Pennsylvania state Rep. Frank Ryan, CPA, sees other states, such as Illinois and Massachusetts, enduring fiscal struggles, and he is determined to ensure that Pennsylvania does not follow in their footsteps. That is why he recently proposed a series of bills aimed at reducing the financial burden of the Keystone State. Get an inside look at Ryan’s legislative plan in this episode.
By: Bill Hayes, Pennsylvania CPA Journal Managing Editor
Improving the financial outlook of Pennsylvania is vital, and Pennsylvania state Rep. Frank Ryan has a detailed plan for accomplishing just that. He joins us to discuss that plan, as well as some of the decisions that have put Pennsylvania into a precarious position, the worst-case scenario, if the situation is not addressed, and what Pennsylvania has learned from states and territories that have gone through similar financial issues.
Can you tell us a bit about your plan to improve the financial outlook of Pennsylvania and why major improvements are necessary?
[Rep. Ryan] One of the things that we've been trying to emphasize to people since I've been in the legislature, and you might know from my experience since I'm a PICPA member as well that my entire career has been spent and focuses on keeping organizations out of bankruptcy. I prefer to keep people out of bankruptcy rather than help them navigate through bankruptcy because of the costs and the ability of the survival rate because most organizations don't survive bankruptcy.
So one of the things that happens in the Commonwealth as happened with most other states, there's a general perception that a state can't go bankrupt, which we want to be able to show that it's just not an accurate comment. But there are certain key operating metrics that every entity has that create what we call a critical success factor. And those critical success factors are those types of items that the presence or absence of which could lead to the success or failure of an organization.
So let me just give you a couple of different examples of why there is such a critical problem right now. One is we are seeing significant out-migration of young workers in the Commonwealth of Pennsylvania. Younger workers are leaving the Commonwealth in record numbers and the way our current tax code is structured, this is where the accounting profession and the tax practitioners and government policy really goes hand-in-hand with a lot of things. When you add those together, the exodus of so many younger people out of the state who are the ones predominantly paying the taxes usually means you're going to run into a graying of the Commonwealth, meaning that we're getting older, and I'm one of those people that's adding to the age averages here that aren't helping. But since we don't pay taxes as we retire, it's creating an entirely different set of circumstances.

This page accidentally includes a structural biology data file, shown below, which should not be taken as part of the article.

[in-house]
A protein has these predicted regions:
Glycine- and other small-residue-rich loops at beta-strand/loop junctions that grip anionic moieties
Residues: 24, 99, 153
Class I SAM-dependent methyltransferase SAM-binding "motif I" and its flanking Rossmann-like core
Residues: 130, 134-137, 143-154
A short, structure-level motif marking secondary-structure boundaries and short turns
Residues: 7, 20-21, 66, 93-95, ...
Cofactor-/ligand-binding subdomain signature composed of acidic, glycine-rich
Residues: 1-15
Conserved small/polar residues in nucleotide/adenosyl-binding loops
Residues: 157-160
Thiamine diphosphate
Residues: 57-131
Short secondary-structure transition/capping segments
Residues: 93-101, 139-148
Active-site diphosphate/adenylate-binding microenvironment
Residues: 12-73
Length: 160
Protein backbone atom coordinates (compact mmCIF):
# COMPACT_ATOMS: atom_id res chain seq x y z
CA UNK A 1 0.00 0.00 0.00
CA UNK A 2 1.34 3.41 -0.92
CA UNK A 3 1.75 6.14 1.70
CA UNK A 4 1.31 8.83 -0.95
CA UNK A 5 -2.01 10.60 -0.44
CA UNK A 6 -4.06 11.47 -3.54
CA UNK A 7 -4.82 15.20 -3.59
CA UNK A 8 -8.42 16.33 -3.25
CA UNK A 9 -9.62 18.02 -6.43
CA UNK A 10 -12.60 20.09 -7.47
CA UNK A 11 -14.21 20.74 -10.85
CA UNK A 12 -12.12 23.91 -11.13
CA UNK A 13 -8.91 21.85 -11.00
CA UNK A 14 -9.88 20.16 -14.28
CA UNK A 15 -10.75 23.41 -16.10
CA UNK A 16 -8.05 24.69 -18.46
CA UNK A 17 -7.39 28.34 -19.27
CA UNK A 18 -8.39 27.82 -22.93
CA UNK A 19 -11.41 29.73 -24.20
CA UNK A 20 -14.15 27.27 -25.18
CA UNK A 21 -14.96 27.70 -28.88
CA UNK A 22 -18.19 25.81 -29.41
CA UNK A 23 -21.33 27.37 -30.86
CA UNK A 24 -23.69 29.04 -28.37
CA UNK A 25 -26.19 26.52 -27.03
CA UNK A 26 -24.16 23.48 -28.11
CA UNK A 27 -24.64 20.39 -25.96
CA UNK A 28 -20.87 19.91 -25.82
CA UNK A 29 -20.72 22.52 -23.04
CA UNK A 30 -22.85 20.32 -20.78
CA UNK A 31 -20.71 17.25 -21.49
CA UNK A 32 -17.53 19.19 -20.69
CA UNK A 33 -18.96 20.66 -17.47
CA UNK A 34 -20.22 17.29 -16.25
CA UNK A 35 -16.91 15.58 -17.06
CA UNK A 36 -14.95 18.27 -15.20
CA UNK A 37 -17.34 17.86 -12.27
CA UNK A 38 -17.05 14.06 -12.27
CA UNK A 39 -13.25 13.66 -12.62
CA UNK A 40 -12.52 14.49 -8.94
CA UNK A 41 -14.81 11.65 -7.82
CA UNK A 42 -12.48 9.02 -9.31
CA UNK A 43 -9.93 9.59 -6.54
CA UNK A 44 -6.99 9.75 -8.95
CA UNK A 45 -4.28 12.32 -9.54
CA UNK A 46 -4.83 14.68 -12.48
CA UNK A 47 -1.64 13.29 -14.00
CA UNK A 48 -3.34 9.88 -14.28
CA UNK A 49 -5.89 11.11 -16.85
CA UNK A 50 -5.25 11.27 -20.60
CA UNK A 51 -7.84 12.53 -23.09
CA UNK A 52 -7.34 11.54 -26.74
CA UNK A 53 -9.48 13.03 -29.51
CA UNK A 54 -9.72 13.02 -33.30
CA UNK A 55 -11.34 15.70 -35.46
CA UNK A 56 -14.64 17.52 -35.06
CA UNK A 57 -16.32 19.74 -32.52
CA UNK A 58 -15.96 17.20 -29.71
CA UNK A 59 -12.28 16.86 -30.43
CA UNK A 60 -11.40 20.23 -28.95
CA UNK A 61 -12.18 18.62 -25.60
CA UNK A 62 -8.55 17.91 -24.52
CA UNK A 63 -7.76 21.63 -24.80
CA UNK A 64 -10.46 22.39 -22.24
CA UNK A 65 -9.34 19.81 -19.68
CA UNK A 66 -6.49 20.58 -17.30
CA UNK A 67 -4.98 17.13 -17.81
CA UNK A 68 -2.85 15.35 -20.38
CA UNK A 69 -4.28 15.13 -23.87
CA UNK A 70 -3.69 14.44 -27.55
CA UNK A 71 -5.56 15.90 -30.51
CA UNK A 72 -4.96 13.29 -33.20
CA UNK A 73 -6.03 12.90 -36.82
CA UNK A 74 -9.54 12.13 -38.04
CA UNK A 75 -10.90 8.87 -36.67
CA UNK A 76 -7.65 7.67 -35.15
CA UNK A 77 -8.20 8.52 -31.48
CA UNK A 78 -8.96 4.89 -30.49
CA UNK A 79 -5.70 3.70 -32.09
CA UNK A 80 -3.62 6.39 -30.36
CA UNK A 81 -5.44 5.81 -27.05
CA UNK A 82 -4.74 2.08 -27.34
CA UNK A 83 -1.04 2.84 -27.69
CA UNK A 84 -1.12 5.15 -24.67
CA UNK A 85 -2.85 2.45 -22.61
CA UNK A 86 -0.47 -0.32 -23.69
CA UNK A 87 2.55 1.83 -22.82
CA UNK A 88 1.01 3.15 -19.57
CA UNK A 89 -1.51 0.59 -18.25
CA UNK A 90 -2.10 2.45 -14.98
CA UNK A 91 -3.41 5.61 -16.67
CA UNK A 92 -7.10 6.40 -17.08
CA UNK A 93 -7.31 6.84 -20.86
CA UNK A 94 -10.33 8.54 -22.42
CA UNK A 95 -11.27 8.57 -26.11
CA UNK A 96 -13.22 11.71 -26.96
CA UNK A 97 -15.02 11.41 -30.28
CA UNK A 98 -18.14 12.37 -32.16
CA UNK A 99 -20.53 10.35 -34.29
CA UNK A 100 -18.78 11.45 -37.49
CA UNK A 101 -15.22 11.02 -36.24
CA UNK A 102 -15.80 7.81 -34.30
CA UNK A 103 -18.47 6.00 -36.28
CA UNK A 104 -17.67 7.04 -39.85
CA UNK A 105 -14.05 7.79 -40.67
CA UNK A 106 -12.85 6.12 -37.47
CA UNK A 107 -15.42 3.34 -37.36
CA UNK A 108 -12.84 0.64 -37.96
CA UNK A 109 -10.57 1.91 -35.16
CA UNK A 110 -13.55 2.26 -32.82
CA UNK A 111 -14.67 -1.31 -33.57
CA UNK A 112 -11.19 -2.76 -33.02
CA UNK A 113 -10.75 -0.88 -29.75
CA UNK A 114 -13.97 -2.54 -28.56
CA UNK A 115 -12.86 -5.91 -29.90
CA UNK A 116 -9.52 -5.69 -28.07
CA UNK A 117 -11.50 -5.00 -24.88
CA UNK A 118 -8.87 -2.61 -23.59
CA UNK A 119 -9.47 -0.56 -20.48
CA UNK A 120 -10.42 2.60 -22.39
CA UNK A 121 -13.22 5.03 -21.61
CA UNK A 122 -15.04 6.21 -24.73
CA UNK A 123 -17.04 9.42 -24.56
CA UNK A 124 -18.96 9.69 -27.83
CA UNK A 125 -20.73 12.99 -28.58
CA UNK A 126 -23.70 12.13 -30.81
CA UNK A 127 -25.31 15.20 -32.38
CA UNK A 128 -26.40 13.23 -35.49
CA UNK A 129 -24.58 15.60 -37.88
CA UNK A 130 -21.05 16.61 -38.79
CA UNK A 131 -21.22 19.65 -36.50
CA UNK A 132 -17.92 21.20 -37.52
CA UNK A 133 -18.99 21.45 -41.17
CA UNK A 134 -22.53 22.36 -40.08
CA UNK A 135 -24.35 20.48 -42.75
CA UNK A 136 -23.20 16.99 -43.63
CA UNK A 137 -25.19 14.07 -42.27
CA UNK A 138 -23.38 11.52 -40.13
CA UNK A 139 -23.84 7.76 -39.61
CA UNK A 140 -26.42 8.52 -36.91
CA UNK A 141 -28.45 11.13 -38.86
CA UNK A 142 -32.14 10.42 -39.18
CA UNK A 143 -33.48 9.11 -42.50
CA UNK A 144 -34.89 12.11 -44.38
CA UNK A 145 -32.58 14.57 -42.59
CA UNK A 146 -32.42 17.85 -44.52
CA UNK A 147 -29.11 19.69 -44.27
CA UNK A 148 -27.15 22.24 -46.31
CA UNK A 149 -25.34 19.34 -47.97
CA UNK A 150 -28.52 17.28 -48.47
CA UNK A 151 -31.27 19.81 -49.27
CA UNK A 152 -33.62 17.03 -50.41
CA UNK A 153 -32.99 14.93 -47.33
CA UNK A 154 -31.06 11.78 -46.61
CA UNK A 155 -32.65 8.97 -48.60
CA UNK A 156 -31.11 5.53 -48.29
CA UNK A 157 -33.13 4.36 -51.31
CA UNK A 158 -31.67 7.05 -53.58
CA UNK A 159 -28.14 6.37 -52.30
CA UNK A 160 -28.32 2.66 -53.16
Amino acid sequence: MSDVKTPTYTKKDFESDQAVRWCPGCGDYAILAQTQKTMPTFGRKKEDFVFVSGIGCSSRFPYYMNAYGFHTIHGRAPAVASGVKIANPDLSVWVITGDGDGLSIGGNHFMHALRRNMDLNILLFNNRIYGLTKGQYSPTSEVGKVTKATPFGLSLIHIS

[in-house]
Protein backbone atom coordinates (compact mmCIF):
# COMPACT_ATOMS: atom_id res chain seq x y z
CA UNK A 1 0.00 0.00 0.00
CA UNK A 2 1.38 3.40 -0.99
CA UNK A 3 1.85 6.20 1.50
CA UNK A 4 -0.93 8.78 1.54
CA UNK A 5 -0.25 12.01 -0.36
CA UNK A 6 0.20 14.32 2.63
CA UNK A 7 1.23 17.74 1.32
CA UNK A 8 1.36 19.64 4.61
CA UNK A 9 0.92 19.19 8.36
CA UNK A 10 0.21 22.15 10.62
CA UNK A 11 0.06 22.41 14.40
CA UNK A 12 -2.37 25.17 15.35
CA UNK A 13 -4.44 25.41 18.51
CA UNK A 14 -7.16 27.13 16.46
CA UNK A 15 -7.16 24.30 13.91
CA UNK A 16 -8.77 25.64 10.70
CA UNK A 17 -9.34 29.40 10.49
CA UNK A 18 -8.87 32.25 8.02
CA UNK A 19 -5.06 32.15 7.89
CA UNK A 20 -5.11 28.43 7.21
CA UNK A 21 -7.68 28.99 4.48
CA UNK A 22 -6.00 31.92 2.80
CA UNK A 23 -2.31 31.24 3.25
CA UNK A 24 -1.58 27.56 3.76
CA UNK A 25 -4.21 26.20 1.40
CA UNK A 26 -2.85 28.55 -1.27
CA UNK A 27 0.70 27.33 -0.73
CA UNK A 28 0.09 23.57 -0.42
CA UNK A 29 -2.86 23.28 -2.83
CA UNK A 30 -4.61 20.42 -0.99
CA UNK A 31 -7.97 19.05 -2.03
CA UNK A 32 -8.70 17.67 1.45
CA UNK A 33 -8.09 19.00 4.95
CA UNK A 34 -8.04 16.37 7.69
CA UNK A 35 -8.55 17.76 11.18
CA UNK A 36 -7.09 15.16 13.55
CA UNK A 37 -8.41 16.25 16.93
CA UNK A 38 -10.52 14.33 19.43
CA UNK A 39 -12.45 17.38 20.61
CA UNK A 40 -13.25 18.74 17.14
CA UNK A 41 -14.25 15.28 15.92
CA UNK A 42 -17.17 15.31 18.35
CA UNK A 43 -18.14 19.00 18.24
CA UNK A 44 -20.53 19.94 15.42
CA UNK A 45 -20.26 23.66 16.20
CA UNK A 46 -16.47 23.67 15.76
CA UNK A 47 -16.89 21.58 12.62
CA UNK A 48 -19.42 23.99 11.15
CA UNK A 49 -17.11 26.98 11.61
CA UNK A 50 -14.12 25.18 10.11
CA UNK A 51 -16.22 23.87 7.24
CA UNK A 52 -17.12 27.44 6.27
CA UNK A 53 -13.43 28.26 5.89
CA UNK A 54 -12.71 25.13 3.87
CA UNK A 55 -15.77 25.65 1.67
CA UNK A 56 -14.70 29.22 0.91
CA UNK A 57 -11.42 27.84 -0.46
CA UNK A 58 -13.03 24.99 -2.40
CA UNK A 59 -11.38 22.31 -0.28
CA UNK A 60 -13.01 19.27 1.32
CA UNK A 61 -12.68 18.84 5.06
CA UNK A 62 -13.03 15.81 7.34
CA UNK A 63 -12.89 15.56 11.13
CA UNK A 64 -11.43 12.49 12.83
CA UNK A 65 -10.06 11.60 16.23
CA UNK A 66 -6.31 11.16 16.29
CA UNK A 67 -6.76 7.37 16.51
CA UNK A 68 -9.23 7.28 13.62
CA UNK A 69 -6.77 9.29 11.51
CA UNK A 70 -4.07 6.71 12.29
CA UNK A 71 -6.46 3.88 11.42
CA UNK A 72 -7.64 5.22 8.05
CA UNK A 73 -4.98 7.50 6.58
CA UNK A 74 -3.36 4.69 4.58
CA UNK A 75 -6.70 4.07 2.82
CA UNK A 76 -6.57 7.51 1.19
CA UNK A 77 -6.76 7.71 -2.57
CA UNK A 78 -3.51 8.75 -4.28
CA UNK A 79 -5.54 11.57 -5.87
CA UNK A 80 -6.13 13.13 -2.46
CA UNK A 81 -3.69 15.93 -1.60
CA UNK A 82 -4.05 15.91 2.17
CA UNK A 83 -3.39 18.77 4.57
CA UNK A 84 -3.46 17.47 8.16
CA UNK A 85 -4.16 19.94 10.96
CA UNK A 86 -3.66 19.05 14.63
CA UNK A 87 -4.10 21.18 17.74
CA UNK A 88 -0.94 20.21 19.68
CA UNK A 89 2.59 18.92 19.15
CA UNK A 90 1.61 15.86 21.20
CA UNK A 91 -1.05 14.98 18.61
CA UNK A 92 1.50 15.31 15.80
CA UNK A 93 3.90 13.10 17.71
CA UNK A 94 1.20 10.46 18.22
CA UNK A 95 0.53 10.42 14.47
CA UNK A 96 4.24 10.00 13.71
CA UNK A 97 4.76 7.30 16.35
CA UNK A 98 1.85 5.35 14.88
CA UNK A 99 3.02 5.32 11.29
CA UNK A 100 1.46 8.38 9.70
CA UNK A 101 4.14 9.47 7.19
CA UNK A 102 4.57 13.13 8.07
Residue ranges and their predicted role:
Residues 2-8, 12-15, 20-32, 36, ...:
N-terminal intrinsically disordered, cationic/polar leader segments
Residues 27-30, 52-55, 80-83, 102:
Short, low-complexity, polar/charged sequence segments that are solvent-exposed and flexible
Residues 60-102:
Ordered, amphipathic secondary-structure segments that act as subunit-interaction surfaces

That's an example of one type of critical success factor. Some of the other things that I would tell you is the unfunded pension obligations are pretty significant as well, and that's ... right now we're looking pretty close to $65 billion of unfunded pension obligations. Those are the kinds of things that I would tell you that we would encourage people to be concerned about, and that's just two of six or seven different critical success factors that we have to deal with or the Commonwealth will have a major problem then. Our bills that we've structured are designed to address every single solitary one of those issues.
What would you say are some of the decisions that were made previously that got the state into the sort of precarious position?
[Rep. Ryan] Let me give you a really great example. In 2001, the stock market was going gangbusters. We were having “.com” explosion. Stock market prices were going up and Pennsylvania's pension funds were overfunded. Without someone knowing all the financial implications, what they did, the governor at the time granted a 50% increase in benefits to state workers and to teachers and it was grandfathered in. In fact, that decision is ... we're still feeling the effects of that. Because if you retired prior to a certain date, in 1999 and 2000 you didn't benefit from that increase. So those workers are significantly disadvantaged to someone who might've retired a month later. That's how dramatic it was. But then shortly, literally not even six months after the governor did that, the stock market had “.com” bubbles bursting, and then all of a sudden we were grossly underfunded. And since that point in time, we've never gotten above 60% funded in that process.
That was one example of a decision. The other – and that's where I really encourage our fellow CPAs to get active in government because there's not an awful lot of financial acumen in terms of going to get the proper advice and PICPA does a great job of helping members understand; but these tax laws can be somewhat daunting and complicated – the second issue, and we've been dealing with this candidly since I've been alive: Pennsylvania doesn't tax retirement income. We're one of only eight states that does not. And what that has done has made us a magnet for people who are retiring in other states. The Independent Fiscal Office has shown that the net migration from New York, New Jersey, and Maryland is significant. At the same time, Pennsylvania retirees can't afford to live here because property taxes are going up so high.